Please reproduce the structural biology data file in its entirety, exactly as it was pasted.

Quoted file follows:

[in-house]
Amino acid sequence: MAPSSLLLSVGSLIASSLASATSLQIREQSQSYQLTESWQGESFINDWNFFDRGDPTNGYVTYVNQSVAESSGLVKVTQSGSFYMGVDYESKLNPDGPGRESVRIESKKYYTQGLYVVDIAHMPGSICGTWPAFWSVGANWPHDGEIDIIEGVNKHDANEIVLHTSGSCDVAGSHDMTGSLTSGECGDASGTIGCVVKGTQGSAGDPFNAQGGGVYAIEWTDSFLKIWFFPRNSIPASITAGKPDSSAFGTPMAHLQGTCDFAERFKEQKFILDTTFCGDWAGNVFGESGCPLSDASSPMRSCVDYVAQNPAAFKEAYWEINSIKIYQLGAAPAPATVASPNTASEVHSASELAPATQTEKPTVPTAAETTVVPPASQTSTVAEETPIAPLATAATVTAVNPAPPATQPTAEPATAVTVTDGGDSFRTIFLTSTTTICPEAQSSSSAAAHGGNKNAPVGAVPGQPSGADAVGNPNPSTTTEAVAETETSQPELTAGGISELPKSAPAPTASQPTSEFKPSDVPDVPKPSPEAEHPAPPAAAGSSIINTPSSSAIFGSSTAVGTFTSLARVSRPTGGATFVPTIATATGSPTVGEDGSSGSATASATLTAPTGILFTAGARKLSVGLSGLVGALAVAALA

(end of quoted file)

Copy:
[in-house]
Amino acid sequence: MAPSSLLLSVGSLIASSLASATSLQIREQSQSYQLTESWQGESFINDWNFFDRGDPTNGYVTYVNQSVAESSGLVKVTQSGSFYMGVDYESKLNPDGPGRESVRIESKKYYTQGLYVVDIAHMPGSICGTWPAFWSVGANWPHDGEIDIIEGVNKHDANEIVLHTSGSCDVAGSHDMTGSLTSGECGDASGTIGCVVKGTQGSAGDPFNAQGGGVYAIEWTDSFLKIWFFPRNSIPASITAGKPDSSAFGTPMAHLQGTCDFAERFKEQKFILDTTFCGDWAGNVFGESGCPLSDASSPMRSCVDYVAQNPAAFKEAYWEINSIKIYQLGAAPAPATVASPNTASEVHSASELAPATQTEKPTVPTAAETTVVPPASQTSTVAEETPIAPLATAATVTAVNPAPPATQPTAEPATAVTVTDGGDSFRTIFLTSTTTICPEAQSSSSAAAHGGNKNAPVGAVPGQPSGADAVGNPNPSTTTEAVAETETSQPELTAGGISELPKSAPAPTASQPTSEFKPSDVPDVPKPSPEAEHPAPPAAAGSSIINTPSSSAIFGSSTAVGTFTSLARVSRPTGGATFVPTIATATGSPTVGEDGSSGSATASATLTAPTGILFTAGARKLSVGLSGLVGALAVAALA